3) Heaton Park

The Temple at Heaton Park. Image credit: Adam Bruderer/Flickr

The Temple at Heaton Park. Image credit: Adam Bruderer/Flickr

Another free thing to do, just beyond the city limits is a trip to Prestwich’s Heaton Park, which is home to over 600 acres of green space.

One of its most prominent features is the concrete mass better known as the Heaton Park BT Tower, but don’t let that ruin your fun as there is also an 18-hole golf course, tennis courts, a boating lake, animal petting farm, a driving range, woodlands, ornamental gardens, an observatory, and adventure playground and a volunteer-run tram system and museum.

Going on a nice day weather-wise is advisable, and it’s probably best to avoid going on either the first or second weekend of June, because that tends to be when popular festival The Parklife Weekender is held.

Heaton Park in its Parklife setup in June 2015.

Heaton Park in its Parklife setup in June 2015.

4) National Football Museum

The Urbis building used to contain a Manchester-themed museum before the National Football Museum moved there from Preston North End's Deepdale stadium.

The Urbis building used to contain a Manchester-themed museum before the National Football Museum moved there from Preston North End's Deepdale stadium.

One of the most comprehensive collections of any museum in Manchester belongs to the National Football Museum.

With many artefacts and items of memorabilia from teams and games all over the globe, there’s a lot to be learned inside the old Urbis building.

Its interactivity will not only be a hit with football fans, but should also draw in those less keen on the beautiful game.

A selection of silverware and memorabilia on display on the first floor.

A selection of silverware and memorabilia on display on the first floor.

Entry is free, but quite a few of the machines you’ll need to pay for if you want to use them.

Currently, the National Football Museum is playing host to temporary exhibit Pitch To Pixel until June 2016, which delves deep into the past, present and future of video games.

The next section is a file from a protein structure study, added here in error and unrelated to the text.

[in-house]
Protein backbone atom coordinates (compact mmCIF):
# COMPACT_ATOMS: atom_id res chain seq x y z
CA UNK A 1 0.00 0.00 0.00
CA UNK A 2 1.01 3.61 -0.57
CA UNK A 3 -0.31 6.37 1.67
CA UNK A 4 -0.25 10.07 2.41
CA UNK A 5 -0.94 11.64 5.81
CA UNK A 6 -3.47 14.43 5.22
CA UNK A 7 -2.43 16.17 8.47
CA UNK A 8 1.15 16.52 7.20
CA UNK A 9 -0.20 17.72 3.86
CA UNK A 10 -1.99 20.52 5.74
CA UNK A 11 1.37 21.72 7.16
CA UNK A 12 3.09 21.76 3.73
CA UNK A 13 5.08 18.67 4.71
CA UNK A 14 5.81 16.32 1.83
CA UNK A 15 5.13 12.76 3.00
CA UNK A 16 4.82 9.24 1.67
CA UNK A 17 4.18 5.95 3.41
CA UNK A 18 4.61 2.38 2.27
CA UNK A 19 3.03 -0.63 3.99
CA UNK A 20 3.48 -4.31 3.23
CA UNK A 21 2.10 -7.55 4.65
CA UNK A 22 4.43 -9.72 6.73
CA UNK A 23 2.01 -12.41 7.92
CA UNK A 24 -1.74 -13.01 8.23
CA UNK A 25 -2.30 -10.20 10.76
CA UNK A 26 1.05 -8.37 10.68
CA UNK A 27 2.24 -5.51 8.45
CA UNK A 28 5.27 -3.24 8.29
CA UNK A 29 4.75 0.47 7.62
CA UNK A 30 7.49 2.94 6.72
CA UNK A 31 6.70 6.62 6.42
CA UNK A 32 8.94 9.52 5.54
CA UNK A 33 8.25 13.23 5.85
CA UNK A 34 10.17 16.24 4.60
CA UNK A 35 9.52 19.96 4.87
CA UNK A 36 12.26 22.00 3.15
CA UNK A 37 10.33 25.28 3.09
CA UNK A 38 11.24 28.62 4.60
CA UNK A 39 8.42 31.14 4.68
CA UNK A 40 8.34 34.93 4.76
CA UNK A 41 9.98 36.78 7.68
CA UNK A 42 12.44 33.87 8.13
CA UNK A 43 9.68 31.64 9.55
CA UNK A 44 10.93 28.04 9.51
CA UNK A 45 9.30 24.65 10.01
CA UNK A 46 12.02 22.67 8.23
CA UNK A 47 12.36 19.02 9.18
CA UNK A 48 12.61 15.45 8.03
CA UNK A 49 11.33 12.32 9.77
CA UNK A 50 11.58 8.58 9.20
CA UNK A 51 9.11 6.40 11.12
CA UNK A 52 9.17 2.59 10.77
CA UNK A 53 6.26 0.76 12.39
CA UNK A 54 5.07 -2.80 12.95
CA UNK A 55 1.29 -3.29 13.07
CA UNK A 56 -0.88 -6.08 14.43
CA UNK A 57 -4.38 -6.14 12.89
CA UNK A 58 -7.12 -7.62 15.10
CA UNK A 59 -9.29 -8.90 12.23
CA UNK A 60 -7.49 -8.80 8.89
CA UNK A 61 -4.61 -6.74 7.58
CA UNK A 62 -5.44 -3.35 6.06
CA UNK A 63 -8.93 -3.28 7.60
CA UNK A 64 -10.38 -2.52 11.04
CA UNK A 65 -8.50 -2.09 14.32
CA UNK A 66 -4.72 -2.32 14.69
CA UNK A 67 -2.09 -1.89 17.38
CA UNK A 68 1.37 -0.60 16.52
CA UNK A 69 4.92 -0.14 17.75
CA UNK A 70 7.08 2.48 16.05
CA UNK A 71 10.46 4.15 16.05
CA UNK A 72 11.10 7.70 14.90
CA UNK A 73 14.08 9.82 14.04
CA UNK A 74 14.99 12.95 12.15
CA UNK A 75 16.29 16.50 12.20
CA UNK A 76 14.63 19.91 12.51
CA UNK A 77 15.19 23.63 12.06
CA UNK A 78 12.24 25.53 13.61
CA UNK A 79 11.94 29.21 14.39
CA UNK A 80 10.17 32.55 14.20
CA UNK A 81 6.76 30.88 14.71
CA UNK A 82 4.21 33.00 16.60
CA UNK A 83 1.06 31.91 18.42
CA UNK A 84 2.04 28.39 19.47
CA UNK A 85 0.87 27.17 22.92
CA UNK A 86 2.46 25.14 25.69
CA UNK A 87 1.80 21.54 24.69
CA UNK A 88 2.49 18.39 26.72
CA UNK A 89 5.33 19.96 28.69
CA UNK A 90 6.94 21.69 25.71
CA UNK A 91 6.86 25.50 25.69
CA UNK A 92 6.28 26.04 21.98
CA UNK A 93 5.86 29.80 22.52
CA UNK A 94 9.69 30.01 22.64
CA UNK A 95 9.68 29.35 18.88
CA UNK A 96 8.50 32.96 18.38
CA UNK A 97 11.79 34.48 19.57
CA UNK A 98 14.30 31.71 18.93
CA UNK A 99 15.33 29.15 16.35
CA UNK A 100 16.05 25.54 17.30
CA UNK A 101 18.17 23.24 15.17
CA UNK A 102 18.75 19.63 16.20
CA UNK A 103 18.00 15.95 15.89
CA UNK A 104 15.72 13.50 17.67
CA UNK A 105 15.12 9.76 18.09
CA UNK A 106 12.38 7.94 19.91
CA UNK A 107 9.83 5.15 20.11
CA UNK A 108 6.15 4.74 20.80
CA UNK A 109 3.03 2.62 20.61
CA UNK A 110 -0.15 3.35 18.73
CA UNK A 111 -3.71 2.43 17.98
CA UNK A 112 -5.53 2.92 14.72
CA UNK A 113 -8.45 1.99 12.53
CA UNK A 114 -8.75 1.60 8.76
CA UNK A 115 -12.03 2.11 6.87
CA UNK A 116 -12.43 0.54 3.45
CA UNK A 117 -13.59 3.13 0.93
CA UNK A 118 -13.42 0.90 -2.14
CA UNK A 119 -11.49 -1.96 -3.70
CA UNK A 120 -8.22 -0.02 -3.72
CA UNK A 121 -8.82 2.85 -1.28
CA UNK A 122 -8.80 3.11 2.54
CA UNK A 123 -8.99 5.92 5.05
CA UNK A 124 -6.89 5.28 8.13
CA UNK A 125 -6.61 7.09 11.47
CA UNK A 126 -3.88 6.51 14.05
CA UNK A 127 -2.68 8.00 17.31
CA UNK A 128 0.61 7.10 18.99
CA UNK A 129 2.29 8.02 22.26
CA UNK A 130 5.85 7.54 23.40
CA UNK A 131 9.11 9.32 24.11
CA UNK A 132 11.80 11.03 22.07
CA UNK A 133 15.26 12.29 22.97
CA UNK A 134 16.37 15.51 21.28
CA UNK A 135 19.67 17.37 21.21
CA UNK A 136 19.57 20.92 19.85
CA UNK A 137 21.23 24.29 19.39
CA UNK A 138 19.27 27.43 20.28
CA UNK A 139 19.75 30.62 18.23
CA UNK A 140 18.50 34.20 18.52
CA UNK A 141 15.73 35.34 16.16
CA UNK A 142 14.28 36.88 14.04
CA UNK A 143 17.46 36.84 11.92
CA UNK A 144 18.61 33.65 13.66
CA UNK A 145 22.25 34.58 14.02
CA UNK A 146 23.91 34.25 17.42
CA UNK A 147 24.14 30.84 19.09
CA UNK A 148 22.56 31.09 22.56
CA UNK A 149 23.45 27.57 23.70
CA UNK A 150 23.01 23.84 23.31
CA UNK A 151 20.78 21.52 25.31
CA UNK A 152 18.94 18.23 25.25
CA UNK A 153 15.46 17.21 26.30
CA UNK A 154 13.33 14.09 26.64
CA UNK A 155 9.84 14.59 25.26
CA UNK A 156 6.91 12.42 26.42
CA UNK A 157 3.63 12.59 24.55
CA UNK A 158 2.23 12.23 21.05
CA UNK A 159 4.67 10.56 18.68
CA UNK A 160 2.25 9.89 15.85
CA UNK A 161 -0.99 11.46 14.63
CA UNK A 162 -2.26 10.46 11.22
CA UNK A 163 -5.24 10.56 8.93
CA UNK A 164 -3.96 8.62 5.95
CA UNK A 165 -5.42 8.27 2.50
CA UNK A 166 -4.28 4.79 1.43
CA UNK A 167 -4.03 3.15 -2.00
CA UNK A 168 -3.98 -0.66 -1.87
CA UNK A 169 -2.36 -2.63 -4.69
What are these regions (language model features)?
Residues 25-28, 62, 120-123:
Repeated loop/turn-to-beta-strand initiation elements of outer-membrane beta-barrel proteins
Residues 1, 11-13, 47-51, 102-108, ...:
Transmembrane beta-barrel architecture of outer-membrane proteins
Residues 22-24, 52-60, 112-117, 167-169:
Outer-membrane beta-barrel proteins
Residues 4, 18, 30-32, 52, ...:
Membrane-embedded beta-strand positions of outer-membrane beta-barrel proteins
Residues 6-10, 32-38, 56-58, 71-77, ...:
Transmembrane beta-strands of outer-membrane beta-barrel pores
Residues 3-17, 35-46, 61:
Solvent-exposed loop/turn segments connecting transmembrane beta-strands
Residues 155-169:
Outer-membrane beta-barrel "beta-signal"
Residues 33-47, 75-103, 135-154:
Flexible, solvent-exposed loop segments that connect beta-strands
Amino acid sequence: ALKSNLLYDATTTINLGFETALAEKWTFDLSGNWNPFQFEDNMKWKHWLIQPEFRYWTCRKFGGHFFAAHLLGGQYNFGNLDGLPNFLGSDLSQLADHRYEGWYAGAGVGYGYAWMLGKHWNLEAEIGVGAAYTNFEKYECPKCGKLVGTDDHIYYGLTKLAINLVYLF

Pitch To Pixel at the National Football Museum.

Pitch To Pixel at the National Football Museum.

There are plenty of consoles to have a go at, such as the SEGA Mega Drive and Dreamcast, the PlayStation 2 and the iPad, which feature games including FIFA International Soccer, UEFA Dream Soccer and Football Manager.

5) Watch a television show recording

The Studios (pictured just off-centre in this image) where television shows like A Question of Sport are now filmed.

The Studios (pictured just off-centre in this image) where television shows like A Question of Sport are now filmed.

At MediaCityUK at Salford Quays you’ll be able to find the BBC, ITV and The Studios – where television shows for both corporations are filmed.

Shows such as A Question of Sport, The Jeremy Kyle Show, The Voice and Mastermind call Salford home, and they also dish out free tickets to be in the audience.

Me at a Jeremy Kyle recording, the third from the left. It was A LOT better than I expected. In fact, I'd highly recommend going.

Me at a Jeremy Kyle recording, the third from the left. It was A LOT better than I expected. In fact, I'd highly recommend going.

Usually tickets are in high demand, and require a brief application process, so you can’t hang your hat on them like you can with the other ones.

But if you try MediaCityUK's official website, BBC's ticket website and SRO Audiences, you can browse through the show calendars and apply for whatever tickles your fancy.

They aren’t guaranteed, but you’ve got to be in it to win it.